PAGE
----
Asthma was confirmed at any methacholine challenge if there was a 20% decrease in [FEV.sub.1] from baseline at a methacholine concentration of [less than or equal to] 8 mg/mL; these patients were restarted on appropriate medications. If current asthma was ruled out, follow-up bronchial challenges were repeated at 6 and 12 months.
* Results. Among the adults with physician-diagnosed asthma, 33.1% (95% confidence interval [CI], 29.4%-36.8%) no longer met criteria for an asthma diagnosis. Of those who no longer had asthma, 44% had previously undergone objective testing of airflow limitation. The investigators also found 12 patients (2%) had other serious cardiorespiratory conditions instead of asthma, including ischemic heart disease, subglottic stenosis, and bronchiectasis.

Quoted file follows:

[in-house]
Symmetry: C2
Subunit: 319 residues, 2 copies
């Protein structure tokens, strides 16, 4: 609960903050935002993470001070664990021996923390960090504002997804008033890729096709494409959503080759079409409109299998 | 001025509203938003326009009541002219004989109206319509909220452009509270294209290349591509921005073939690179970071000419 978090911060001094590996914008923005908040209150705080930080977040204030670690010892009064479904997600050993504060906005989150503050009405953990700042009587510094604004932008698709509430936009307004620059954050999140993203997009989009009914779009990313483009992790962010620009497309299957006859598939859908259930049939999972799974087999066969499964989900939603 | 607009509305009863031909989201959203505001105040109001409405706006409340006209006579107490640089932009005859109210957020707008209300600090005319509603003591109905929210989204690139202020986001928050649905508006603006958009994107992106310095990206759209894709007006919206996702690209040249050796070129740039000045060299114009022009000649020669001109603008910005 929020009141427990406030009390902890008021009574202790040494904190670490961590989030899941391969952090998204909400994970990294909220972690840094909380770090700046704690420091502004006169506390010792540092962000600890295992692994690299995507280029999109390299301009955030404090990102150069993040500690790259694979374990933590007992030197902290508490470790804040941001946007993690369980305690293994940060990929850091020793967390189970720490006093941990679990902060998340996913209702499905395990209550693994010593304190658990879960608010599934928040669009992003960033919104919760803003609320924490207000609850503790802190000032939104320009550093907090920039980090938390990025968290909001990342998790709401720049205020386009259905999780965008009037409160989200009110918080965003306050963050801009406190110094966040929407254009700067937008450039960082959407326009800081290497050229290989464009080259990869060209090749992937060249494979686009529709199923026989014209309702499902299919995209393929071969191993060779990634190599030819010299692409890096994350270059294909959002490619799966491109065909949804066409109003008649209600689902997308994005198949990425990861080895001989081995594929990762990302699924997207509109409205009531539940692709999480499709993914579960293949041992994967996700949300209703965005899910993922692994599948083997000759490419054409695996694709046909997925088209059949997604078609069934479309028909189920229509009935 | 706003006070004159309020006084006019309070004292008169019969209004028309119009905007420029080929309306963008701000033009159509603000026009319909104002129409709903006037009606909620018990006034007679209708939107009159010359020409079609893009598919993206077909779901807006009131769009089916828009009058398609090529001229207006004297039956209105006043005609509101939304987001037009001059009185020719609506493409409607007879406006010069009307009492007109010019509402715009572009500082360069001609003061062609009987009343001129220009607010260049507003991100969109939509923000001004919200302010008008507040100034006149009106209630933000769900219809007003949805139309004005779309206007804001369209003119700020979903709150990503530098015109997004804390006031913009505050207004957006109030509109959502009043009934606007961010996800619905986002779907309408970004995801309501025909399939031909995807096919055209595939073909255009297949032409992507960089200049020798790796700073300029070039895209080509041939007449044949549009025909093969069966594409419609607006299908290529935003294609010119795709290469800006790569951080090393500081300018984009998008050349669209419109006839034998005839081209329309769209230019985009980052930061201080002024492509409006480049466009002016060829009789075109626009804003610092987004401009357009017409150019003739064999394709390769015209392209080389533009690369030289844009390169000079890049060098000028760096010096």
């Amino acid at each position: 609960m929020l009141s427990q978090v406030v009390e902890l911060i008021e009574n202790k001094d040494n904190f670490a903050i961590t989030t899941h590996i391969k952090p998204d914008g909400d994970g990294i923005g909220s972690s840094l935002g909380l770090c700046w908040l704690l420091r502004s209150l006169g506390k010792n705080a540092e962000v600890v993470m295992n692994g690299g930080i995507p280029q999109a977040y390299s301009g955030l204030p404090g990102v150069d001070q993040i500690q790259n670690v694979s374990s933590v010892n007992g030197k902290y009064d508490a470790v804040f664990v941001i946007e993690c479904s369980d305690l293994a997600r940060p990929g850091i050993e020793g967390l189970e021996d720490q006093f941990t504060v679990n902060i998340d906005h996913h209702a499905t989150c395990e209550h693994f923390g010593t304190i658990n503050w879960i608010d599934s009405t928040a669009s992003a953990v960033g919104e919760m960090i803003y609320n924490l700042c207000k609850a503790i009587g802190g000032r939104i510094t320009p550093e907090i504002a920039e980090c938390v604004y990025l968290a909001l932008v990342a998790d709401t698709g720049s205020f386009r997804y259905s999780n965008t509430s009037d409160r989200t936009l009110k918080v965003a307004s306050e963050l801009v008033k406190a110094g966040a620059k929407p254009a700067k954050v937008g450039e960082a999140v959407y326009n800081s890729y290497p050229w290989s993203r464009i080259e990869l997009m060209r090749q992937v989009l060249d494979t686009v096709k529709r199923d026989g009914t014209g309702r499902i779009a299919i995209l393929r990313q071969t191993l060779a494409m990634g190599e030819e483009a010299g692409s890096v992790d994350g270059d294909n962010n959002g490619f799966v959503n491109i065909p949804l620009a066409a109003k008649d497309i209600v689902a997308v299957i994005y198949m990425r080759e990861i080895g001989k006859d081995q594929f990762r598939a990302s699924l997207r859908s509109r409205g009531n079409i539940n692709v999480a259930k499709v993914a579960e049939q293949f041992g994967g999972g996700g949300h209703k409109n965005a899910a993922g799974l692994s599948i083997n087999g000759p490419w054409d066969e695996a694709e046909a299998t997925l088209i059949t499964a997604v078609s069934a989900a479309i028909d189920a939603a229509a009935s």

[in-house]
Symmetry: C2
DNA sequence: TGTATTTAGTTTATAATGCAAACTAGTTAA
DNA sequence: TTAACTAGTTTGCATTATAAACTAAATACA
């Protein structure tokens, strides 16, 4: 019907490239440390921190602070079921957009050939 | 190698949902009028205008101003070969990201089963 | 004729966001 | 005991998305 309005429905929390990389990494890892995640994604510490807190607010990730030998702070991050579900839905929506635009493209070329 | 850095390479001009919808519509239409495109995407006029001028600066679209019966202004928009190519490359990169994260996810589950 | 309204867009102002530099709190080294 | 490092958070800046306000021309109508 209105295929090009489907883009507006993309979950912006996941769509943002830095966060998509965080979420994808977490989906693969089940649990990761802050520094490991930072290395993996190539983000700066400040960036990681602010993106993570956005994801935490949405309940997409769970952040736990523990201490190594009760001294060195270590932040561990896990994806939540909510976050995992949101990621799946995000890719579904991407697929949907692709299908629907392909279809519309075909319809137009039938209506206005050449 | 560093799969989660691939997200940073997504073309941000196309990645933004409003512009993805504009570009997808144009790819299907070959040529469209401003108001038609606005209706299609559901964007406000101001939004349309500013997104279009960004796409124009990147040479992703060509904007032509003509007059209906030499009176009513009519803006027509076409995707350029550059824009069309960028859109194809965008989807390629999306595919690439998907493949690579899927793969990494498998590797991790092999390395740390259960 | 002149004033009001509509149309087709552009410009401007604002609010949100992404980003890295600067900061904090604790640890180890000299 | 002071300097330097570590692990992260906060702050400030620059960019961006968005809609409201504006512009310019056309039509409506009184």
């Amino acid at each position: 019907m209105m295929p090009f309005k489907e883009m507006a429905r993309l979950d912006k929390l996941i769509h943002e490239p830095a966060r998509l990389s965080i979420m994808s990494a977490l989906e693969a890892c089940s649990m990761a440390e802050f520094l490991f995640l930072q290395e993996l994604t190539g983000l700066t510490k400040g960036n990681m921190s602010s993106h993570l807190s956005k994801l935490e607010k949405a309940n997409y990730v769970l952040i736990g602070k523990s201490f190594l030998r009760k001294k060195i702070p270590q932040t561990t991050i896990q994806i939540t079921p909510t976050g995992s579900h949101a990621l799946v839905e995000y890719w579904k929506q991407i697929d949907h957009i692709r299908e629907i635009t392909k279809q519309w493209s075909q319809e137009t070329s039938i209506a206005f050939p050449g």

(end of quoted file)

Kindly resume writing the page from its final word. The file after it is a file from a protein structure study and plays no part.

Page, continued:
During the 1-year follow-up period, 22 (10.8%) of the 203 patients who were initially judged to no longer have asthma had a positive bronchial challenge test; 16 had no symptoms and continued to do well off all asthma medications. Six (3%) presented with respiratory symptoms and resumed treatment with asthma medications, but only 1 (0.5%) required oral corticosteroid therapy.
Asthma meds are of no benefit for about one-third of patients taking them